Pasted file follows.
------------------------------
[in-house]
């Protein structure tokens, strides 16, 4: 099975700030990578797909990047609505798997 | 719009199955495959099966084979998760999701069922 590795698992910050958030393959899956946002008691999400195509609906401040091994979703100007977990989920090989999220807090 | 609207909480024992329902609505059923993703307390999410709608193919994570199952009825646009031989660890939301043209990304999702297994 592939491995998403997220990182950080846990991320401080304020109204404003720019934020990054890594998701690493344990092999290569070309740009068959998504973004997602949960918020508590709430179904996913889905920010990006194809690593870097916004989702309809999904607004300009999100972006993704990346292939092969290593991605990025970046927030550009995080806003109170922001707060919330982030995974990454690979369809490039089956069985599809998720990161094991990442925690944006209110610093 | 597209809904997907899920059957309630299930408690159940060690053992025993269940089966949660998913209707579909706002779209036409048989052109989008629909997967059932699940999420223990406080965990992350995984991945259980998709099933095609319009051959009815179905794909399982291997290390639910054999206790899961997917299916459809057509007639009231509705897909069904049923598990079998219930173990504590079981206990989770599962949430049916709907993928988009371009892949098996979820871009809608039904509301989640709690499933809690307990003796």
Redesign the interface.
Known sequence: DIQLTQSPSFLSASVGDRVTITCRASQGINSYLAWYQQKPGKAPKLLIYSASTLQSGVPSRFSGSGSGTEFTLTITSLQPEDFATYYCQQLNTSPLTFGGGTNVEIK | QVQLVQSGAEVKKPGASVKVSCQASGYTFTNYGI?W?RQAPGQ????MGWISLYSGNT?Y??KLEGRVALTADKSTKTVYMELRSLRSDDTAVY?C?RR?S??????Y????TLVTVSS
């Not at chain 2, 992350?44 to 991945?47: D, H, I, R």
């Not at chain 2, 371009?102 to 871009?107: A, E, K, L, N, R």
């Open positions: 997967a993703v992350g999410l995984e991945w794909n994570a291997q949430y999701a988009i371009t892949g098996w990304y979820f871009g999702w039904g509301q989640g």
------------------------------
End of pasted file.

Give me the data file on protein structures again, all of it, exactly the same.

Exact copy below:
[in-house]
């Protein structure tokens, strides 16, 4: 099975700030990578797909990047609505798997 | 719009199955495959099966084979998760999701069922 590795698992910050958030393959899956946002008691999400195509609906401040091994979703100007977990989920090989999220807090 | 609207909480024992329902609505059923993703307390999410709608193919994570199952009825646009031989660890939301043209990304999702297994 592939491995998403997220990182950080846990991320401080304020109204404003720019934020990054890594998701690493344990092999290569070309740009068959998504973004997602949960918020508590709430179904996913889905920010990006194809690593870097916004989702309809999904607004300009999100972006993704990346292939092969290593991605990025970046927030550009995080806003109170922001707060919330982030995974990454690979369809490039089956069985599809998720990161094991990442925690944006209110610093 | 597209809904997907899920059957309630299930408690159940060690053992025993269940089966949660998913209707579909706002779209036409048989052109989008629909997967059932699940999420223990406080965990992350995984991945259980998709099933095609319009051959009815179905794909399982291997290390639910054999206790899961997917299916459809057509007639009231509705897909069904049923598990079998219930173990504590079981206990989770599962949430049916709907993928988009371009892949098996979820871009809608039904509301989640709690499933809690307990003796």
Redesign the interface.
Known sequence: DIQLTQSPSFLSASVGDRVTITCRASQGINSYLAWYQQKPGKAPKLLIYSASTLQSGVPSRFSGSGSGTEFTLTITSLQPEDFATYYCQQLNTSPLTFGGGTNVEIK | QVQLVQSGAEVKKPGASVKVSCQASGYTFTNYGI?W?RQAPGQ????MGWISLYSGNT?Y??KLEGRVALTADKSTKTVYMELRSLRSDDTAVY?C?RR?S??????Y????TLVTVSS
């Not at chain 2, 992350?44 to 991945?47: D, H, I, R």
């Not at chain 2, 371009?102 to 871009?107: A, E, K, L, N, R």
């Open positions: 997967a993703v992350g999410l995984e991945w794909n994570a291997q949430y999701a988009i371009t892949g098996w990304y979820f871009g999702w039904g509301q989640g």